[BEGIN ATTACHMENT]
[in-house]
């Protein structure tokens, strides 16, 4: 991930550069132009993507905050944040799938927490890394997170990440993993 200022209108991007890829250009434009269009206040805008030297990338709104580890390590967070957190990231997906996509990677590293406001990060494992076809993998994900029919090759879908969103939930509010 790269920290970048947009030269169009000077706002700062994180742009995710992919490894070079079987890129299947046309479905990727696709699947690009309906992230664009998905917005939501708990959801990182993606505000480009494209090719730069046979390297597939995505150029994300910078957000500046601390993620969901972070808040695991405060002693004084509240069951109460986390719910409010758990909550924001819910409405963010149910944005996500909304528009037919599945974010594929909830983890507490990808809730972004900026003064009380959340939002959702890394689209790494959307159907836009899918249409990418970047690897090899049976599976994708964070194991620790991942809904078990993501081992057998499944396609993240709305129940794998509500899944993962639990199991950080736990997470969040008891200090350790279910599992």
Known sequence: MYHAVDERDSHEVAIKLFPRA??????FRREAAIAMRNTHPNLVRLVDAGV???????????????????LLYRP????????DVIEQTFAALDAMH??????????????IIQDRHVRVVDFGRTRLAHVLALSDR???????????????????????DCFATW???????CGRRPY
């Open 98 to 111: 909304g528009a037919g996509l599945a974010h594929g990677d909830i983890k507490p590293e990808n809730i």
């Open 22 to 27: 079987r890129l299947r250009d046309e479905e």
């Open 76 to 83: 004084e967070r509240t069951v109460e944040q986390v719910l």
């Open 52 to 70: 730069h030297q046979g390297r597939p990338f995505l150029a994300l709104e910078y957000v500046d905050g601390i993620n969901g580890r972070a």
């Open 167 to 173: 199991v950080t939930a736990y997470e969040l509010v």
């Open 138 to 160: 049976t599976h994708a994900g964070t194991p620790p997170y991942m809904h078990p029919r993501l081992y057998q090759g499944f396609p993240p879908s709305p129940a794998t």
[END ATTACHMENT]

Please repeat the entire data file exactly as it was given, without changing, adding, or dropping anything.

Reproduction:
[in-house]
């Protein structure tokens, strides 16, 4: 991930550069132009993507905050944040799938927490890394997170990440993993 200022209108991007890829250009434009269009206040805008030297990338709104580890390590967070957190990231997906996509990677590293406001990060494992076809993998994900029919090759879908969103939930509010 790269920290970048947009030269169009000077706002700062994180742009995710992919490894070079079987890129299947046309479905990727696709699947690009309906992230664009998905917005939501708990959801990182993606505000480009494209090719730069046979390297597939995505150029994300910078957000500046601390993620969901972070808040695991405060002693004084509240069951109460986390719910409010758990909550924001819910409405963010149910944005996500909304528009037919599945974010594929909830983890507490990808809730972004900026003064009380959340939002959702890394689209790494959307159907836009899918249409990418970047690897090899049976599976994708964070194991620790991942809904078990993501081992057998499944396609993240709305129940794998509500899944993962639990199991950080736990997470969040008891200090350790279910599992």
Known sequence: MYHAVDERDSHEVAIKLFPRA??????FRREAAIAMRNTHPNLVRLVDAGV???????????????????LLYRP????????DVIEQTFAALDAMH??????????????IIQDRHVRVVDFGRTRLAHVLALSDR???????????????????????DCFATW???????CGRRPY
């Open 98 to 111: 909304g528009a037919g996509l599945a974010h594929g990677d909830i983890k507490p590293e990808n809730i």
């Open 22 to 27: 079987r890129l299947r250009d046309e479905e």
């Open 76 to 83: 004084e967070r509240t069951v109460e944040q986390v719910l």
């Open 52 to 70: 730069h030297q046979g390297r597939p990338f995505l150029a994300l709104e910078y957000v500046d905050g601390i993620n969901g580890r972070a």
């Open 167 to 173: 199991v950080t939930a736990y997470e969040l509010v």
């Open 138 to 160: 049976t599976h994708a994900g964070t194991p620790p997170y991942m809904h078990p029919r993501l081992y057998q090759g499944f396609p993240p879908s709305p129940a794998t």